Giuseppe Verdi 1813–1901
Opera lirica in 4 acts
Libretto by Antonio Ghislanzoni based on Auguste Mariette
First performed December 24 1871, Opera House, Cairo
Sung in Italian with German & English surtitles
Introductory talks (in German) in the Holzfoyer 30 minutes before performances begin
There's a chamber music concert on December 17 inspired by this work
Radames is to lead the Egypians into war against the Ethopians. He is loved by the Egyptian princess Amneris and Ethiopian slave Aida …
Verdi’s Oper Aida was written for Egypt – then part of the Ottoman Empire - belatedly fulfilling Viceroy Ismail Pascha’s dream. He modernised the region at a time of growing aspirations for autonomy, had an opera house built modelled on a French theatre and oversaw the achievement of the century, the Suez Canal. He wanted to commission a work – ideally an opera – by Giuseppe Verdi - to celebrate it’s completion, but the composer turned the offer down. The Viceroy didn’t give up, even after the canal and opera house opened in 1869. The French author and archeologist Auguste Mariette’s scenario eventually managed to change the composer's mind.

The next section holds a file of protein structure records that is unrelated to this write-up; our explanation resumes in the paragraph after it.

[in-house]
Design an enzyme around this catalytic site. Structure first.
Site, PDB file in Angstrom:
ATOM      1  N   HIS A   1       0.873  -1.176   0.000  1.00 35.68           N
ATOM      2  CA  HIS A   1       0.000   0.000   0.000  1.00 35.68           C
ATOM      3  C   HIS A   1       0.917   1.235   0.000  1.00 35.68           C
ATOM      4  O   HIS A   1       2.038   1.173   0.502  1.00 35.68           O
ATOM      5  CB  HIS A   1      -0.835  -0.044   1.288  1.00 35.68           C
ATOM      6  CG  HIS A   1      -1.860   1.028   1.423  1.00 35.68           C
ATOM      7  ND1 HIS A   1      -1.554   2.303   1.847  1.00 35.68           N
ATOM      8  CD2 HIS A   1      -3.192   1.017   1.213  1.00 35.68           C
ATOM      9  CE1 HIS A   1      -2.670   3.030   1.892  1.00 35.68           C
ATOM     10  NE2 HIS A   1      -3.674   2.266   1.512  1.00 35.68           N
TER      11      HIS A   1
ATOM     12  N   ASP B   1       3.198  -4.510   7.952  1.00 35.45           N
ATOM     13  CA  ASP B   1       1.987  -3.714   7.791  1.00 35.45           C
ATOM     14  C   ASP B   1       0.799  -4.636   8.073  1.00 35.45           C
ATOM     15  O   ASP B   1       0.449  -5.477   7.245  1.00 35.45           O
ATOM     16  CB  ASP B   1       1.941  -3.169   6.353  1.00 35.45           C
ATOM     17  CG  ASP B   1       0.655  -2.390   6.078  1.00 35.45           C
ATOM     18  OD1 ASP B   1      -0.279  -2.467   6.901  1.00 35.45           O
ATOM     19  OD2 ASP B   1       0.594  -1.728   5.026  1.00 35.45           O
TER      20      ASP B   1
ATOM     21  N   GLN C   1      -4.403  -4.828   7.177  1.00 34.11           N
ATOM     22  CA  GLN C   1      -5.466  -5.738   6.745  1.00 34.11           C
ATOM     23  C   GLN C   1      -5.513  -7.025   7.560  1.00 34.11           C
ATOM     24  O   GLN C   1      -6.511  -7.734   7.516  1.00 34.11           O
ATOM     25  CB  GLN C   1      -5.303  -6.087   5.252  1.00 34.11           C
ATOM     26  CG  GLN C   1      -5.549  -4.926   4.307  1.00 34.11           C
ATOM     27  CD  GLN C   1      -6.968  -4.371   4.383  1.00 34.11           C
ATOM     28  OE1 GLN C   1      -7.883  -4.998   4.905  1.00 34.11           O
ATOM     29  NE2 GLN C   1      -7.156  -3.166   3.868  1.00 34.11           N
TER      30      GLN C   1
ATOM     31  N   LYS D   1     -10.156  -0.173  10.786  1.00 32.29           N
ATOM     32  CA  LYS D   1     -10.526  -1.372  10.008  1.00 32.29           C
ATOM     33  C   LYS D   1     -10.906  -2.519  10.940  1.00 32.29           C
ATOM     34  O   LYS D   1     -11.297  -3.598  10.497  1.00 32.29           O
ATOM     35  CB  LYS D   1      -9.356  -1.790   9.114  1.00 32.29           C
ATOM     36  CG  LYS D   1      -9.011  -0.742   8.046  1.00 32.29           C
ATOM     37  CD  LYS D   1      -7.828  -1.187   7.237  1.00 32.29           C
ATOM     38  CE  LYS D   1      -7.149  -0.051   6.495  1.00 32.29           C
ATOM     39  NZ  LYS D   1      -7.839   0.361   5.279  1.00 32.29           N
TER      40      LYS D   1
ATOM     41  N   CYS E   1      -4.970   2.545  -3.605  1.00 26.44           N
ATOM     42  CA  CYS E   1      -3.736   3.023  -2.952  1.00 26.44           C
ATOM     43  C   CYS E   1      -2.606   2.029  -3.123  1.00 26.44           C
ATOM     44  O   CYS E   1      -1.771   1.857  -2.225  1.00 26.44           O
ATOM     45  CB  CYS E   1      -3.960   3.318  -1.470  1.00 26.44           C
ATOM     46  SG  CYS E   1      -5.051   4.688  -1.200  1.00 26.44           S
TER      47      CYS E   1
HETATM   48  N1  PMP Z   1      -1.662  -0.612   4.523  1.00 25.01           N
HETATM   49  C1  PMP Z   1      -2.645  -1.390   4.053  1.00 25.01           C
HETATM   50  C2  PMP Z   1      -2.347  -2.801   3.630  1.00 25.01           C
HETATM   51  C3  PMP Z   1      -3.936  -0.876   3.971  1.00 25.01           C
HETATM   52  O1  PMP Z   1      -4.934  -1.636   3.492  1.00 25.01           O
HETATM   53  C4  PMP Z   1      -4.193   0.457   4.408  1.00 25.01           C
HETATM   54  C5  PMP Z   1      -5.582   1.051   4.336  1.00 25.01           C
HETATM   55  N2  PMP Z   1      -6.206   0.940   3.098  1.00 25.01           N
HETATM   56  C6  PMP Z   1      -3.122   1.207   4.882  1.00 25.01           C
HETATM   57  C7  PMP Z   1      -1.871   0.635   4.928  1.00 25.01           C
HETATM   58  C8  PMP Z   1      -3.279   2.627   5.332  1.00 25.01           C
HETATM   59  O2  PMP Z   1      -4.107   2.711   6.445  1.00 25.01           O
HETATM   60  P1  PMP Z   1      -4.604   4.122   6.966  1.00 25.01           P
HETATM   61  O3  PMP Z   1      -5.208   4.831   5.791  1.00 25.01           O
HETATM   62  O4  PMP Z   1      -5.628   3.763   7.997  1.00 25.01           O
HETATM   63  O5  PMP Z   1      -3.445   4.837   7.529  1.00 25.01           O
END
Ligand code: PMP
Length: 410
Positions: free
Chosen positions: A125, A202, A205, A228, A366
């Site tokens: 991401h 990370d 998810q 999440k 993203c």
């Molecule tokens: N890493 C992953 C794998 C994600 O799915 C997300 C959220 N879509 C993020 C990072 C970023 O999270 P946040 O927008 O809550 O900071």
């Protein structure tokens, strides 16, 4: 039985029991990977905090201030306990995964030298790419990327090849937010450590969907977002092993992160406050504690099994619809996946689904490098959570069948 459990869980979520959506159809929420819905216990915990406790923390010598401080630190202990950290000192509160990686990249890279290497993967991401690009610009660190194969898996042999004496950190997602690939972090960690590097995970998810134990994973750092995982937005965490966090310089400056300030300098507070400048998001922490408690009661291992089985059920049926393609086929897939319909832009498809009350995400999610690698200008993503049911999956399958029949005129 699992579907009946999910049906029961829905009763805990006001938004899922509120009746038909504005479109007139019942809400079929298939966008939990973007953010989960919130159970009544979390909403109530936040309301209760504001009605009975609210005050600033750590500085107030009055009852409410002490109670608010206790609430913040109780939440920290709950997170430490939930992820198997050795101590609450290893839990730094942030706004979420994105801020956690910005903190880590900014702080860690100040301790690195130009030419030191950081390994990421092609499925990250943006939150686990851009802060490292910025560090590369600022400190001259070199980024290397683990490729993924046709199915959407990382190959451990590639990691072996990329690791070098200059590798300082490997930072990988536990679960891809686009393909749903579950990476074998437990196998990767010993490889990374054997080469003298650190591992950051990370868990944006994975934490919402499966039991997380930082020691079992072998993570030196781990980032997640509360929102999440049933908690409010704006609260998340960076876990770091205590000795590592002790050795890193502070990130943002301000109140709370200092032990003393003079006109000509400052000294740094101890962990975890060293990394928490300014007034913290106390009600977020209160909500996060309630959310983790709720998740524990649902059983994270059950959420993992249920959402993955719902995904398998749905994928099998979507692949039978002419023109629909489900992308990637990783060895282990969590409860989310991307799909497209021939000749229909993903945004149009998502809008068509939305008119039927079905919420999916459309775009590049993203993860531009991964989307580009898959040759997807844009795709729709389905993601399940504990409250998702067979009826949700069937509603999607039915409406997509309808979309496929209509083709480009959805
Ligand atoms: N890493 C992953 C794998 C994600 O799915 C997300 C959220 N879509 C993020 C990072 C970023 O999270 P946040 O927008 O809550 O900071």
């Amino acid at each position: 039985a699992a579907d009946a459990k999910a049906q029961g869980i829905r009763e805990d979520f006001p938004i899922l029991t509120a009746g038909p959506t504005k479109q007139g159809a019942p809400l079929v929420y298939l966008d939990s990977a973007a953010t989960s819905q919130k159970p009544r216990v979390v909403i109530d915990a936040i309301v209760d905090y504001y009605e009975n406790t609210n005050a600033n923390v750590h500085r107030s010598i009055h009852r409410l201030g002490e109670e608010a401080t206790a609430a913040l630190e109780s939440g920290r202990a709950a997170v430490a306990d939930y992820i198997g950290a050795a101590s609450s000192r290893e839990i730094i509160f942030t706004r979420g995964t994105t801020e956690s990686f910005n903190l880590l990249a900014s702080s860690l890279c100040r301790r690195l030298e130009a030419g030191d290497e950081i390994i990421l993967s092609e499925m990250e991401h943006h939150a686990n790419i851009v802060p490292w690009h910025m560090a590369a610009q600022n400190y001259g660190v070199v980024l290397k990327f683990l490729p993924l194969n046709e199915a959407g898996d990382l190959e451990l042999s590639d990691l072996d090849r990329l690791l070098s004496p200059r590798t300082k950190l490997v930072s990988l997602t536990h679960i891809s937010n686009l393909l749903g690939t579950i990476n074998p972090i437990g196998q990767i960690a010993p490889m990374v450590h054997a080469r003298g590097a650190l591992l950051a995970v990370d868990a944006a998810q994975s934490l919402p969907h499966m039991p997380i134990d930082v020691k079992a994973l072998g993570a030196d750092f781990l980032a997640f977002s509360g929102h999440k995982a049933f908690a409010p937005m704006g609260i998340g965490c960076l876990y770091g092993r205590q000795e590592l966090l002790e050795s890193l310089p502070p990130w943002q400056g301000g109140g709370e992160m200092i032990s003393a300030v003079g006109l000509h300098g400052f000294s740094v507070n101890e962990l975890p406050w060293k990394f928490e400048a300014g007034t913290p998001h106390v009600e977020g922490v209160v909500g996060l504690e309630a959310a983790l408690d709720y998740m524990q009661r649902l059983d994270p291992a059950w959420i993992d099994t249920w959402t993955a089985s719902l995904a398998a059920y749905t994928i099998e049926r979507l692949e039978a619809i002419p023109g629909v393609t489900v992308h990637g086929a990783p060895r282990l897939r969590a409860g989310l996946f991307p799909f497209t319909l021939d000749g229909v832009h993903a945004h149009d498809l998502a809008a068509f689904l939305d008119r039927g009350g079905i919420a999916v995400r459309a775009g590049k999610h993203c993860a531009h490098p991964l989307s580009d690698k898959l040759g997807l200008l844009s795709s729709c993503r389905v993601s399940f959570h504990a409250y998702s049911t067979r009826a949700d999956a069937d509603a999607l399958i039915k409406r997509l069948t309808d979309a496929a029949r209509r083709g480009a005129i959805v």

Aida lives a dream in Verdi’s conjured up exotic-oriental sound world which was omnipresent in the 19th century, led to catastrophe in the 20th and is alarmingly growing again, of national ascendancy. Strictly contrapuntal music reflects the rigid theocratic structures of the society evoked, while the emotional lives of the characters unfold in intimate scenes. Lydia Steier develops her ideas for the work she staged for Theater Heidelberg further, getting to the nitty-gritty of the mechanisms of power, the characters' anxieties, the impossibility of their relationships and losing out to political systems.
With generous support from